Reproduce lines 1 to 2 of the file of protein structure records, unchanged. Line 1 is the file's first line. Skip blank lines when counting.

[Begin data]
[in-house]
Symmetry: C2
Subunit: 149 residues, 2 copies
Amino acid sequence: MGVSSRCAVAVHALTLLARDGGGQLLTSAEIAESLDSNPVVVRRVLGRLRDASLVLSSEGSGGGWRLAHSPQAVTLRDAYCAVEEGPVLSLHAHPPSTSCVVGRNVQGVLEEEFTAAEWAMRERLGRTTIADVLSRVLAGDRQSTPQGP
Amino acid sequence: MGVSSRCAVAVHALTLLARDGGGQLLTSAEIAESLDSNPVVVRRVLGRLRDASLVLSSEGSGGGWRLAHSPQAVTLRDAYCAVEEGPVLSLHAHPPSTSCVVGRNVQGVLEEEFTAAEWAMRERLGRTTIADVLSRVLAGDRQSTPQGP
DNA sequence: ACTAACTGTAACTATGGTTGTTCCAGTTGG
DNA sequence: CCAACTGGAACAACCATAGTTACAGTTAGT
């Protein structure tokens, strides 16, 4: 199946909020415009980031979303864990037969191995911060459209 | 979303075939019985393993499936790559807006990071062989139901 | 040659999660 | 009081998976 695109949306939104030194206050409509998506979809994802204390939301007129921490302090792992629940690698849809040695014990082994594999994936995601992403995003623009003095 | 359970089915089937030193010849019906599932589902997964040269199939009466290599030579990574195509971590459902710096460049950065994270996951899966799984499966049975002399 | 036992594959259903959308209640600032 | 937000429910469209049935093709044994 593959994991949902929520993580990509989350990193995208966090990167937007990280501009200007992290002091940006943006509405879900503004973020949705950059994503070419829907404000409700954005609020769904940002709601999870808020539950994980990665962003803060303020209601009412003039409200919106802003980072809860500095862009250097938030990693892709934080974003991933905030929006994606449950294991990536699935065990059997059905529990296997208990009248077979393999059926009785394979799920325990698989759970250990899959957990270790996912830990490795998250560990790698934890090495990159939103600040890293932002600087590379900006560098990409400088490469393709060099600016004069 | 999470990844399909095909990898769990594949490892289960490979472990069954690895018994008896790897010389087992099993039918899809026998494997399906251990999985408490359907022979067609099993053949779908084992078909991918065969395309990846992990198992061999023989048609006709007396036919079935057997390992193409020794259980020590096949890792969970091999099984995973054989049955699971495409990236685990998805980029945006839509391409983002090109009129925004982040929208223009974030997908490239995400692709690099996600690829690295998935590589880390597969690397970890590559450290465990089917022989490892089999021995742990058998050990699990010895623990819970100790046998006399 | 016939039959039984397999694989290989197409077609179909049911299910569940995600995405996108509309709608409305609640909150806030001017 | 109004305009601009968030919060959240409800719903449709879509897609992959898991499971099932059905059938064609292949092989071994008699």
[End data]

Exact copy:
[in-house]
Symmetry: C2